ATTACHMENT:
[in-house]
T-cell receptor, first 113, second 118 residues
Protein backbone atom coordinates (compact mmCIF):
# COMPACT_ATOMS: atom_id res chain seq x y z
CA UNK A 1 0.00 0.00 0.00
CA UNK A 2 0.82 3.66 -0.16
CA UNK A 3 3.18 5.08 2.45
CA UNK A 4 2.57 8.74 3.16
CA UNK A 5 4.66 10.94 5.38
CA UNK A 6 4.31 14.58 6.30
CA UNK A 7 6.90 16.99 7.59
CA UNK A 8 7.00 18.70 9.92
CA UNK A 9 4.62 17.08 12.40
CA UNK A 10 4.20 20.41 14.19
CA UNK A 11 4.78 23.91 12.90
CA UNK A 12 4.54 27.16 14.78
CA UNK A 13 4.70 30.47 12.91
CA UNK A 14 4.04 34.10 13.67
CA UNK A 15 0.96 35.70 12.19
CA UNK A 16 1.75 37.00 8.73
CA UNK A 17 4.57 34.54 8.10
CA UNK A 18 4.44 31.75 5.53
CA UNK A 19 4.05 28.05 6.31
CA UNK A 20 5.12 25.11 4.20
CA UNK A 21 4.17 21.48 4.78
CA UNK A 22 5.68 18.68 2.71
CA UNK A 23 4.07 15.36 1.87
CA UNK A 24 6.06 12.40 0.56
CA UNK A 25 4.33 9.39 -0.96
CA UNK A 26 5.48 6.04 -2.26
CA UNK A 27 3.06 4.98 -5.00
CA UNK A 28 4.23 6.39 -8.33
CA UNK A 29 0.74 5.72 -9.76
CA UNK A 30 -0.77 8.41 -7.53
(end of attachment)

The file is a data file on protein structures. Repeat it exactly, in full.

[in-house]
T-cell receptor, first 113, second 118 residues
Protein backbone atom coordinates (compact mmCIF):
# COMPACT_ATOMS: atom_id res chain seq x y z
CA UNK A 1 0.00 0.00 0.00
CA UNK A 2 0.82 3.66 -0.16
CA UNK A 3 3.18 5.08 2.45
CA UNK A 4 2.57 8.74 3.16
CA UNK A 5 4.66 10.94 5.38
CA UNK A 6 4.31 14.58 6.30
CA UNK A 7 6.90 16.99 7.59
CA UNK A 8 7.00 18.70 9.92
CA UNK A 9 4.62 17.08 12.40
CA UNK A 10 4.20 20.41 14.19
CA UNK A 11 4.78 23.91 12.90
CA UNK A 12 4.54 27.16 14.78
CA UNK A 13 4.70 30.47 12.91
CA UNK A 14 4.04 34.10 13.67
CA UNK A 15 0.96 35.70 12.19
CA UNK A 16 1.75 37.00 8.73
CA UNK A 17 4.57 34.54 8.10
CA UNK A 18 4.44 31.75 5.53
CA UNK A 19 4.05 28.05 6.31
CA UNK A 20 5.12 25.11 4.20
CA UNK A 21 4.17 21.48 4.78
CA UNK A 22 5.68 18.68 2.71
CA UNK A 23 4.07 15.36 1.87
CA UNK A 24 6.06 12.40 0.56
CA UNK A 25 4.33 9.39 -0.96
CA UNK A 26 5.48 6.04 -2.26
CA UNK A 27 3.06 4.98 -5.00
CA UNK A 28 4.23 6.39 -8.33
CA UNK A 29 0.74 5.72 -9.76
CA UNK A 30 -0.77 8.41 -7.53